Support for LAist comes from
Made of L.A.
Stay Connected

Share This

This is an archival story that predates current editorial management.

This archival content was written, edited, and published prior to LAist's acquisition by its current owner, Southern California Public Radio ("SCPR"). Content, such as language choice and subject matter, in archival articles therefore may not align with SCPR's current editorial standards. To learn more about those standards and why we make this distinction, please click here.

Arts and Entertainment

Mayor Garcetti Waiving TV Pilot Fees To Keep Production In L.A.

Support your source for local news!
The local news you read here every day is crafted for you, but right now, we need your help to keep it going. In these uncertain times, your support is even more important. Today, put a dollar value on the trustworthy reporting you rely on all year long. We can't hold those in power accountable and uplift voices from the community without your partnership. Thank you.

Good news for the TV industry: In an effort to keep TV production in Hollywood, Mayor Eric Garcetti signed an ordinance today that waives city fees for filming TV pilots in Los Angeles.

Under the ordinance, all city fees for TV pilots and first-year series with "substantial production" in Los Angeles would be waived, CBS 2 reports.

The waiver would only apply to new series and only if they're expected to go into a second year. That leaves out series with a planned limited run, but begs the question which shows it would apply to since so few pilots make it to air, let alone a second season.

The City Council approved the ordinance in February, but former Mayor Antonio Villaraigosa did not sign it before he left office in July.

Support for LAist comes from

According to a report from the City Chief Administrative Officer, waiving fees would cost the city about $230,000, but losing productions would cost infinitely more.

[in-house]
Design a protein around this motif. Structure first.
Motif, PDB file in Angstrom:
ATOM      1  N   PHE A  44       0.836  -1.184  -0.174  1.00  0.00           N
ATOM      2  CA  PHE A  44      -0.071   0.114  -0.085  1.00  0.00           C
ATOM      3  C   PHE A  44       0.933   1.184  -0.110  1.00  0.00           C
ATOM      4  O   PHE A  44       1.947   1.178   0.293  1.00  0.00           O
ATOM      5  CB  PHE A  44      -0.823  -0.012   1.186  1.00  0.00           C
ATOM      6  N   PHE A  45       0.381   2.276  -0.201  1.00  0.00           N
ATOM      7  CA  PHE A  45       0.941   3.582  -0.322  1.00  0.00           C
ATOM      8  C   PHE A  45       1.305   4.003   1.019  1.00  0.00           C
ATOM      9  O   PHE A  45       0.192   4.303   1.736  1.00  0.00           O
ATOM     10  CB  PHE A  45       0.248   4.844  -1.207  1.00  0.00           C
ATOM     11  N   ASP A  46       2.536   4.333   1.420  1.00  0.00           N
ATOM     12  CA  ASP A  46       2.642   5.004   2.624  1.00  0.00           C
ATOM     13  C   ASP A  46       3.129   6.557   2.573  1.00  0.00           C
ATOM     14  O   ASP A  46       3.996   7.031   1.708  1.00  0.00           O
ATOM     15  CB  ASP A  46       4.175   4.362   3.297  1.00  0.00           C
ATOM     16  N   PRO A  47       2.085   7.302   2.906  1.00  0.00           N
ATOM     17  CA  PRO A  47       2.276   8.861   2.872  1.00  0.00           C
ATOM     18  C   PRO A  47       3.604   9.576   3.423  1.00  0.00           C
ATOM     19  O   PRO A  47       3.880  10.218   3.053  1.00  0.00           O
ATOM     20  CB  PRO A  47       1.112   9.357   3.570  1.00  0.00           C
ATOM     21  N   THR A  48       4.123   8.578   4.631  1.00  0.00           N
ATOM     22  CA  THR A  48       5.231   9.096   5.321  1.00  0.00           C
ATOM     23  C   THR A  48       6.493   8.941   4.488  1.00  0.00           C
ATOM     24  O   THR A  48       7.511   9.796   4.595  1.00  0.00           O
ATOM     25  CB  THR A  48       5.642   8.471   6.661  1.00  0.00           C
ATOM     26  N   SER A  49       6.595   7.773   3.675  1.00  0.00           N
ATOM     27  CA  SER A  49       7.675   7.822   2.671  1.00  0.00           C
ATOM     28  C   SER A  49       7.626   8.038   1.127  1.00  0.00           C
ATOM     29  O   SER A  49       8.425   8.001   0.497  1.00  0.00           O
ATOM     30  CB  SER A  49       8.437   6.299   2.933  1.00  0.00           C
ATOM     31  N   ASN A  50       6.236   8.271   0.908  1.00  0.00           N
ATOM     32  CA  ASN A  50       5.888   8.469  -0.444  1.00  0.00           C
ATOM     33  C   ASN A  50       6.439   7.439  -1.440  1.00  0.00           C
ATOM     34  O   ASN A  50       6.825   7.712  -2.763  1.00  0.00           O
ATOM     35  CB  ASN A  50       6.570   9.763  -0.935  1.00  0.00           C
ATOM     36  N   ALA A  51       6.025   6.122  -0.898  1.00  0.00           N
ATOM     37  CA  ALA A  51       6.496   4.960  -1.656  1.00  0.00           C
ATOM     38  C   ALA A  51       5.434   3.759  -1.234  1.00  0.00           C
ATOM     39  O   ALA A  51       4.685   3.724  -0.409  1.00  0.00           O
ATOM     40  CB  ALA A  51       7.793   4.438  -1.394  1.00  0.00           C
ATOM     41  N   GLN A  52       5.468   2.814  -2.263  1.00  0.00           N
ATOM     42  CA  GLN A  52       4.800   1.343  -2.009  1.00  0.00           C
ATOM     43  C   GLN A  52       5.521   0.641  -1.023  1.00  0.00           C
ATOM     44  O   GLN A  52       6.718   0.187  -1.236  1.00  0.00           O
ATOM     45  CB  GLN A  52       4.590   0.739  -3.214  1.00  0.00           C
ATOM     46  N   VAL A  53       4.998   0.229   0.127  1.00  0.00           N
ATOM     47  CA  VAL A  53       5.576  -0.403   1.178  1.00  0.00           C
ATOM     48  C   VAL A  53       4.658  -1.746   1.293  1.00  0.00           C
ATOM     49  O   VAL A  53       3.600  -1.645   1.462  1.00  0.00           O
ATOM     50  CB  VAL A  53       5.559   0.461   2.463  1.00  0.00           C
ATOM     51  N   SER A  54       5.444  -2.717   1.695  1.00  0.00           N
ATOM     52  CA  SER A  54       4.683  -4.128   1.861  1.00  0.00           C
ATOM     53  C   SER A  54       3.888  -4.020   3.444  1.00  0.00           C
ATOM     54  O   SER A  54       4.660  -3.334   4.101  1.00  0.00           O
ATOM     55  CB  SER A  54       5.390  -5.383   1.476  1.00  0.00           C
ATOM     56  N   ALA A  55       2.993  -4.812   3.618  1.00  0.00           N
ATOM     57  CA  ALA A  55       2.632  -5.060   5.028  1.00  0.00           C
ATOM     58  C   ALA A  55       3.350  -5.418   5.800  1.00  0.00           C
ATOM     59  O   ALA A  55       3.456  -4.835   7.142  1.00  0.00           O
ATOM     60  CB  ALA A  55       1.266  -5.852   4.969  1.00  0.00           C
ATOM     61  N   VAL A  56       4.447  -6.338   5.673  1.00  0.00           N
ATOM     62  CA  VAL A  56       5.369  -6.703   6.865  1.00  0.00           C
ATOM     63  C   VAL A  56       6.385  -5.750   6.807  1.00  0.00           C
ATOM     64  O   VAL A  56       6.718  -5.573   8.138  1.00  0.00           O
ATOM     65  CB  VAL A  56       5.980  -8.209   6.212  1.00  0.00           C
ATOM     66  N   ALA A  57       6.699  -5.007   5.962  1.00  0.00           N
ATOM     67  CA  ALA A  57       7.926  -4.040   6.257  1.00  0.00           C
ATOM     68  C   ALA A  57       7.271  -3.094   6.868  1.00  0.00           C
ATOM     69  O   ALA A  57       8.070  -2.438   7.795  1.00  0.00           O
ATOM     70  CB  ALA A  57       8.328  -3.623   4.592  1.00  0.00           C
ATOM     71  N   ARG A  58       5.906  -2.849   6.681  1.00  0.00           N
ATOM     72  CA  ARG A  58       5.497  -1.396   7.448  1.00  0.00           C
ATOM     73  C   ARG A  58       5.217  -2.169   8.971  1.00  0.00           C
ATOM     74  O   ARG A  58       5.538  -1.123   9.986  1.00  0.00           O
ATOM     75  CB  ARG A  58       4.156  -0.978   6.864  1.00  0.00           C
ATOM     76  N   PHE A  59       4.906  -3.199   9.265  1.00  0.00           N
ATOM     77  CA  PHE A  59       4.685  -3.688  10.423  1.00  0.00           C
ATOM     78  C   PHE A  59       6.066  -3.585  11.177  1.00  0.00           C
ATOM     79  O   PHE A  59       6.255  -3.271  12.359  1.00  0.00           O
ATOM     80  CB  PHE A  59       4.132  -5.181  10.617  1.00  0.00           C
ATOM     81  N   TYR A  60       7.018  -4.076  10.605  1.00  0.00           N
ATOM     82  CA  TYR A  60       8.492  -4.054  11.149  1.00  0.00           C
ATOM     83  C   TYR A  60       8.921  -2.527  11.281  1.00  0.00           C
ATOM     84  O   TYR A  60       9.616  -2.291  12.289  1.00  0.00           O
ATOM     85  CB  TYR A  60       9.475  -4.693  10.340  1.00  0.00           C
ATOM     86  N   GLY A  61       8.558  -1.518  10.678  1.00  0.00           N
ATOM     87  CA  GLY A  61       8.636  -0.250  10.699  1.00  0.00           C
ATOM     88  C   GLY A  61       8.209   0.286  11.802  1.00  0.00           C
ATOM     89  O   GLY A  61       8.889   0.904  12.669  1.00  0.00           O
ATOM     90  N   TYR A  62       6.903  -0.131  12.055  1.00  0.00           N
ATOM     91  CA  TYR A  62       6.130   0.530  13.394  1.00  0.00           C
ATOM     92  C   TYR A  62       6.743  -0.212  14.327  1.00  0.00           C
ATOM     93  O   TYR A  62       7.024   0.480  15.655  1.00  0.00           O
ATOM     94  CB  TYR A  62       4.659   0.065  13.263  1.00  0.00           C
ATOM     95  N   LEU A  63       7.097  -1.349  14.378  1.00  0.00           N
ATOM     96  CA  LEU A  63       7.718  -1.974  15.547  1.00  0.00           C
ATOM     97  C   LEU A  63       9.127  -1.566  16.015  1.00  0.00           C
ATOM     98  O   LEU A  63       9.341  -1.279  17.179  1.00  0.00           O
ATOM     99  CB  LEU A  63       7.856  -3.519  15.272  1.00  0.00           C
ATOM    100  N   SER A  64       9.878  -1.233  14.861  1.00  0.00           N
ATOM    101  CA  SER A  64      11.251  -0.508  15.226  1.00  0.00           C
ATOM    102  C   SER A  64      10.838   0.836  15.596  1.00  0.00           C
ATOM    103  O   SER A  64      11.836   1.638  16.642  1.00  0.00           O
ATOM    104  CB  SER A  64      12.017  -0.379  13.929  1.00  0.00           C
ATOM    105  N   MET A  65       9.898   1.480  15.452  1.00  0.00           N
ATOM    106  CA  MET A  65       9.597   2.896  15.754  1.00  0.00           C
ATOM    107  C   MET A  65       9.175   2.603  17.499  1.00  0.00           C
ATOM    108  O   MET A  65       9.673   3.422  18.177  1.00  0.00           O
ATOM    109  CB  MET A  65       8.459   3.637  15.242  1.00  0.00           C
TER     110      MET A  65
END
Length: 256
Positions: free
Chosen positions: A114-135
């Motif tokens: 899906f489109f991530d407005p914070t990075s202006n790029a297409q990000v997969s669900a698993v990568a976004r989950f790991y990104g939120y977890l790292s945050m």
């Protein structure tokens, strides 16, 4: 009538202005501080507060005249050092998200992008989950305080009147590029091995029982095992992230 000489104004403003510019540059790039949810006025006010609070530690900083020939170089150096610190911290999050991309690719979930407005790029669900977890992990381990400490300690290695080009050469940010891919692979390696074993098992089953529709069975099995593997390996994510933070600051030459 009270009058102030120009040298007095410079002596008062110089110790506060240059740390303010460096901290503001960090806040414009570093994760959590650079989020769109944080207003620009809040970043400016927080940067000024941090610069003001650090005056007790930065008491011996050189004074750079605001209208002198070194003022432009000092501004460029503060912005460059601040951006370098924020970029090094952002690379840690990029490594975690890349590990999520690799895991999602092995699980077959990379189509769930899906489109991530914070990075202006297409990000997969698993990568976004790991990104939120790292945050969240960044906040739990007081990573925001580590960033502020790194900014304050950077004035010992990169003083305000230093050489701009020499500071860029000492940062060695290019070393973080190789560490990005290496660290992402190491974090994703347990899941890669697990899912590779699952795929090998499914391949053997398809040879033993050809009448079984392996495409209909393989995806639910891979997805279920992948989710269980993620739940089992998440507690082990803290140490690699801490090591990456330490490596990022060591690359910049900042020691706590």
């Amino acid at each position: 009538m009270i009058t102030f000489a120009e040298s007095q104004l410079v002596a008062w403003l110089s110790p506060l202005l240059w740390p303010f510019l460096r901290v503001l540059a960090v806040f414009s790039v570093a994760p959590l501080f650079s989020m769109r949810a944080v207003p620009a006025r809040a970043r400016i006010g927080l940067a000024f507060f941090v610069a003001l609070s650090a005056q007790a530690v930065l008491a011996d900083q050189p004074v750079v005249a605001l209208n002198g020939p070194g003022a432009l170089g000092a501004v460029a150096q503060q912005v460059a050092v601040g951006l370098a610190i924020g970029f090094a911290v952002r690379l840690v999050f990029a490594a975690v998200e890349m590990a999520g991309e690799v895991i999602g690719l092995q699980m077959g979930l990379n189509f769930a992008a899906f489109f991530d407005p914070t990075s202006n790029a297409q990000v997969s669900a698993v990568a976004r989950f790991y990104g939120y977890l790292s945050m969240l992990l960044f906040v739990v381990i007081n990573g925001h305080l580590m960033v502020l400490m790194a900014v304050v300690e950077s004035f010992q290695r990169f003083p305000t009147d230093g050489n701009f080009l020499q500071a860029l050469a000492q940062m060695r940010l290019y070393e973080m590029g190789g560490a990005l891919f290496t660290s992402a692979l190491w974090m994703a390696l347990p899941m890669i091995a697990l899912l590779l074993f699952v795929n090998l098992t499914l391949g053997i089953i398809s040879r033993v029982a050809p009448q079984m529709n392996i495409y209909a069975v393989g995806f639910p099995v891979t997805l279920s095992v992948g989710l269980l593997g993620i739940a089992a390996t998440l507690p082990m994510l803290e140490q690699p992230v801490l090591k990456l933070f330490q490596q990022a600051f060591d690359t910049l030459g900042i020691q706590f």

Last month, Garcetti named former MPAA chief Tom Sherak as the director of the city's Entertainment Industry and Production office, aka the city's first "Film Czar."

Of course, there's still the state level to deal with, as many production perks are determined there.

Paul Audley, president of FilmL.A. told the LA Times a few weeks ago, "California has yet to match and overcome out-of-state competition for this business. Until Sacramento acts to level the playing field, we won't see the kind of growth and prosperity that California families are counting on."

"I've made the industry a priority for my administration because it generates 500,000 jobs," Garcetti said in statement on October 8. "This isn't about the stars we see on the screen but about carpenters, caterers, and electricians and the stores they shop in."

Some of the shows that shoot in L.A. include ABC's Castle (which is set in New York City) and the CW's Teen Wolf, which recently relocated from Georgia.

The Times reported that overall location filming in Los Angeles rose 9 percent in late 2013, thanks to more feature films and commercials being shot here, but TV production was down four percent.

UPDATE, 1:02 p.m.: Actor Ron Perlman of Sons of Anarchy was at this morning' press conference at Raleigh Studios where Mayor Garcetti signed the ordinance.

Garcetti said, "Focusing on TV pilots not only supports a key part of the industry, it can lead to long-term dividends if a series gets picked up. This isn't about the stars on the screen, but carpenters, caterers and electricians and the stores they shop in." Many such "below the line" workers were on hand for the event.

Nearly 100 pilots filmed in L.A. in 2012 and 2013, which created about 14,400 production jobs, according to FilmL.A.

Support for LAist comes from

The LA Times reported that the entertainment industry contributed at least $955,000 to Garcetti's mayoral campaign.

California Has No One to Blame But Itself for TV and Movie Productions Leaving the State
California Cows Make the Milk, But the Milk Commercials are Made in New Zealand. Is that Illegal?
Filming Tax Breaks Help Bring Hollywood back to Hollywood

Most Read